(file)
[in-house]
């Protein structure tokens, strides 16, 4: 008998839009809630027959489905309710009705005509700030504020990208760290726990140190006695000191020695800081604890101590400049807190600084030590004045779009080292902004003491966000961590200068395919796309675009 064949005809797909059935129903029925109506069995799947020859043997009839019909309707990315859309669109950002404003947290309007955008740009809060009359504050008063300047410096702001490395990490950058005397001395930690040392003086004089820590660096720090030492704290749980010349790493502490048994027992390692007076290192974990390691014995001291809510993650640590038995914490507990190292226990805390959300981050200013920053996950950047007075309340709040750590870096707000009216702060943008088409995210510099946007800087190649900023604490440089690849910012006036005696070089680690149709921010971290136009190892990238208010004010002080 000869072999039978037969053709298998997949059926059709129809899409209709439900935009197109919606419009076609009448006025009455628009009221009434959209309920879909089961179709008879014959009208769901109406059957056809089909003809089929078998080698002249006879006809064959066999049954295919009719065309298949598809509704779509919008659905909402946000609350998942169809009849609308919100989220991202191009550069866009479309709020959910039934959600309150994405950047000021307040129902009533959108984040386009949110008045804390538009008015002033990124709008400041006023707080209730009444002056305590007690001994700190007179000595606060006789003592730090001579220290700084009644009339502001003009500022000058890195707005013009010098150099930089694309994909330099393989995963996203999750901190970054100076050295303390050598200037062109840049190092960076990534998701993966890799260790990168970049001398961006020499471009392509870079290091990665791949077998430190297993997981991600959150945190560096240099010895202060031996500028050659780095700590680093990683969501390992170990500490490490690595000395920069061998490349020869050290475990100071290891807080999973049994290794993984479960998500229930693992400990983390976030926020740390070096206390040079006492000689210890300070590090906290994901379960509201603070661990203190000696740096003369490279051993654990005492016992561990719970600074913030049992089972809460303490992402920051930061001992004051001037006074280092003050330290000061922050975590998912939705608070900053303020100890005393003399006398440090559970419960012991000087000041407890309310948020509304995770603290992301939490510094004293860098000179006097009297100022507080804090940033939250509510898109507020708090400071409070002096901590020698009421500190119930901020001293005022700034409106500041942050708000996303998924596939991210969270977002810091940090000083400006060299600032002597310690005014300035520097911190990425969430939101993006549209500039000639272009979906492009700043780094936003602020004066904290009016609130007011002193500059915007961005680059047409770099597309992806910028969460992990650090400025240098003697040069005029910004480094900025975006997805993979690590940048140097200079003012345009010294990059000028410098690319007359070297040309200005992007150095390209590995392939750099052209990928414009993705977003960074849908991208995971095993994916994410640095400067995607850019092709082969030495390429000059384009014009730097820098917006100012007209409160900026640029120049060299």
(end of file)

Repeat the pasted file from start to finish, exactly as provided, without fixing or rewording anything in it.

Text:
[in-house]
């Protein structure tokens, strides 16, 4: 008998839009809630027959489905309710009705005509700030504020990208760290726990140190006695000191020695800081604890101590400049807190600084030590004045779009080292902004003491966000961590200068395919796309675009 064949005809797909059935129903029925109506069995799947020859043997009839019909309707990315859309669109950002404003947290309007955008740009809060009359504050008063300047410096702001490395990490950058005397001395930690040392003086004089820590660096720090030492704290749980010349790493502490048994027992390692007076290192974990390691014995001291809510993650640590038995914490507990190292226990805390959300981050200013920053996950950047007075309340709040750590870096707000009216702060943008088409995210510099946007800087190649900023604490440089690849910012006036005696070089680690149709921010971290136009190892990238208010004010002080 000869072999039978037969053709298998997949059926059709129809899409209709439900935009197109919606419009076609009448006025009455628009009221009434959209309920879909089961179709008879014959009208769901109406059957056809089909003809089929078998080698002249006879006809064959066999049954295919009719065309298949598809509704779509919008659905909402946000609350998942169809009849609308919100989220991202191009550069866009479309709020959910039934959600309150994405950047000021307040129902009533959108984040386009949110008045804390538009008015002033990124709008400041006023707080209730009444002056305590007690001994700190007179000595606060006789003592730090001579220290700084009644009339502001003009500022000058890195707005013009010098150099930089694309994909330099393989995963996203999750901190970054100076050295303390050598200037062109840049190092960076990534998701993966890799260790990168970049001398961006020499471009392509870079290091990665791949077998430190297993997981991600959150945190560096240099010895202060031996500028050659780095700590680093990683969501390992170990500490490490690595000395920069061998490349020869050290475990100071290891807080999973049994290794993984479960998500229930693992400990983390976030926020740390070096206390040079006492000689210890300070590090906290994901379960509201603070661990203190000696740096003369490279051993654990005492016992561990719970600074913030049992089972809460303490992402920051930061001992004051001037006074280092003050330290000061922050975590998912939705608070900053303020100890005393003399006398440090559970419960012991000087000041407890309310948020509304995770603290992301939490510094004293860098000179006097009297100022507080804090940033939250509510898109507020708090400071409070002096901590020698009421500190119930901020001293005022700034409106500041942050708000996303998924596939991210969270977002810091940090000083400006060299600032002597310690005014300035520097911190990425969430939101993006549209500039000639272009979906492009700043780094936003602020004066904290009016609130007011002193500059915007961005680059047409770099597309992806910028969460992990650090400025240098003697040069005029910004480094900025975006997805993979690590940048140097200079003012345009010294990059000028410098690319007359070297040309200005992007150095390209590995392939750099052209990928414009993705977003960074849908991208995971095993994916994410640095400067995607850019092709082969030495390429000059384009014009730097820098917006100012007209409160900026640029120049060299």